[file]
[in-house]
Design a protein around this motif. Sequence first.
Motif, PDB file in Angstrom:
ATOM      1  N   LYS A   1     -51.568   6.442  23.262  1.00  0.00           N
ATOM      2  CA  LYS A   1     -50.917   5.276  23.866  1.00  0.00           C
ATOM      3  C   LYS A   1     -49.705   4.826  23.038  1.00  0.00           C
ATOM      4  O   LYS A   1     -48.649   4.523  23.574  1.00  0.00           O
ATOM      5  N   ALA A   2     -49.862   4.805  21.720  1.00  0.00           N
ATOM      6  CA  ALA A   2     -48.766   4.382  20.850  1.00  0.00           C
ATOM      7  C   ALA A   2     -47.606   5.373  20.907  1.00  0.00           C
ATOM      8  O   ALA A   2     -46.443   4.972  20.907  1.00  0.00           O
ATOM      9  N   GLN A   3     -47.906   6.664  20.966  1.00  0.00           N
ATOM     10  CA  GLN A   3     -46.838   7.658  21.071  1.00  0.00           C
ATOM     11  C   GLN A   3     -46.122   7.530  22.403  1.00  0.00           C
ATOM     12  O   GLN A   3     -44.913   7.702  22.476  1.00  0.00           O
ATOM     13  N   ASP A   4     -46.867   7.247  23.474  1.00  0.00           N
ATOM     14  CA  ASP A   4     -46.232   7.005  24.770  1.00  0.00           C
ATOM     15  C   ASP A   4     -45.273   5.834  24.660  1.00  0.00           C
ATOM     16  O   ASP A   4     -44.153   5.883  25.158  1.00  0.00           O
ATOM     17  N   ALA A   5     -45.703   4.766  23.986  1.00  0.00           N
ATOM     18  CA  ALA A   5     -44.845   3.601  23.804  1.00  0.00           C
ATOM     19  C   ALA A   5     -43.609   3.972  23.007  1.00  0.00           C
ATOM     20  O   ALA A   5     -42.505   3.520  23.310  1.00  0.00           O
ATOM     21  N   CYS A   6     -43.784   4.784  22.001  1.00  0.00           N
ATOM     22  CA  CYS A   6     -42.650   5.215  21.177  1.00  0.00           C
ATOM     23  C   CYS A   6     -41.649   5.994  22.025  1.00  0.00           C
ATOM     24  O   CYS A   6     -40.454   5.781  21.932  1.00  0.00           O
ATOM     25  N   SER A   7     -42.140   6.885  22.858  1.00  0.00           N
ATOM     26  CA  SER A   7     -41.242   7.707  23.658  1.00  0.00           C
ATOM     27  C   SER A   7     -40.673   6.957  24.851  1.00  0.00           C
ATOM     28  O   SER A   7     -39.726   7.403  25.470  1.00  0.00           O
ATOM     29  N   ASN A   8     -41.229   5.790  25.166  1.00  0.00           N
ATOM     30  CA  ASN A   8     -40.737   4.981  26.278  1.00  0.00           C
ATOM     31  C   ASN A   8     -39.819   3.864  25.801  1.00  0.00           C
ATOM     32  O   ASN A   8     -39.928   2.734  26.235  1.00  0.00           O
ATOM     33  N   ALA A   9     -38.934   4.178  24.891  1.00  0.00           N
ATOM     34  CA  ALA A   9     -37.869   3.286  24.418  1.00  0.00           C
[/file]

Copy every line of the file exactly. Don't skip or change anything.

[in-house]
Design a protein around this motif. Sequence first.
Motif, PDB file in Angstrom:
ATOM      1  N   LYS A   1     -51.568   6.442  23.262  1.00  0.00           N
ATOM      2  CA  LYS A   1     -50.917   5.276  23.866  1.00  0.00           C
ATOM      3  C   LYS A   1     -49.705   4.826  23.038  1.00  0.00           C
ATOM      4  O   LYS A   1     -48.649   4.523  23.574  1.00  0.00           O
ATOM      5  N   ALA A   2     -49.862   4.805  21.720  1.00  0.00           N
ATOM      6  CA  ALA A   2     -48.766   4.382  20.850  1.00  0.00           C
ATOM      7  C   ALA A   2     -47.606   5.373  20.907  1.00  0.00           C
ATOM      8  O   ALA A   2     -46.443   4.972  20.907  1.00  0.00           O
ATOM      9  N   GLN A   3     -47.906   6.664  20.966  1.00  0.00           N
ATOM     10  CA  GLN A   3     -46.838   7.658  21.071  1.00  0.00           C
ATOM     11  C   GLN A   3     -46.122   7.530  22.403  1.00  0.00           C
ATOM     12  O   GLN A   3     -44.913   7.702  22.476  1.00  0.00           O
ATOM     13  N   ASP A   4     -46.867   7.247  23.474  1.00  0.00           N
ATOM     14  CA  ASP A   4     -46.232   7.005  24.770  1.00  0.00           C
ATOM     15  C   ASP A   4     -45.273   5.834  24.660  1.00  0.00           C
ATOM     16  O   ASP A   4     -44.153   5.883  25.158  1.00  0.00           O
ATOM     17  N   ALA A   5     -45.703   4.766  23.986  1.00  0.00           N
ATOM     18  CA  ALA A   5     -44.845   3.601  23.804  1.00  0.00           C
ATOM     19  C   ALA A   5     -43.609   3.972  23.007  1.00  0.00           C
ATOM     20  O   ALA A   5     -42.505   3.520  23.310  1.00  0.00           O
ATOM     21  N   CYS A   6     -43.784   4.784  22.001  1.00  0.00           N
ATOM     22  CA  CYS A   6     -42.650   5.215  21.177  1.00  0.00           C
ATOM     23  C   CYS A   6     -41.649   5.994  22.025  1.00  0.00           C
ATOM     24  O   CYS A   6     -40.454   5.781  21.932  1.00  0.00           O
ATOM     25  N   SER A   7     -42.140   6.885  22.858  1.00  0.00           N
ATOM     26  CA  SER A   7     -41.242   7.707  23.658  1.00  0.00           C
ATOM     27  C   SER A   7     -40.673   6.957  24.851  1.00  0.00           C
ATOM     28  O   SER A   7     -39.726   7.403  25.470  1.00  0.00           O
ATOM     29  N   ASN A   8     -41.229   5.790  25.166  1.00  0.00           N
ATOM     30  CA  ASN A   8     -40.737   4.981  26.278  1.00  0.00           C
ATOM     31  C   ASN A   8     -39.819   3.864  25.801  1.00  0.00           C
ATOM     32  O   ASN A   8     -39.928   2.734  26.235  1.00  0.00           O
ATOM     33  N   ALA A   9     -38.934   4.178  24.891  1.00  0.00           N
ATOM     34  CA  ALA A   9     -37.869   3.286  24.418  1.00  0.00           C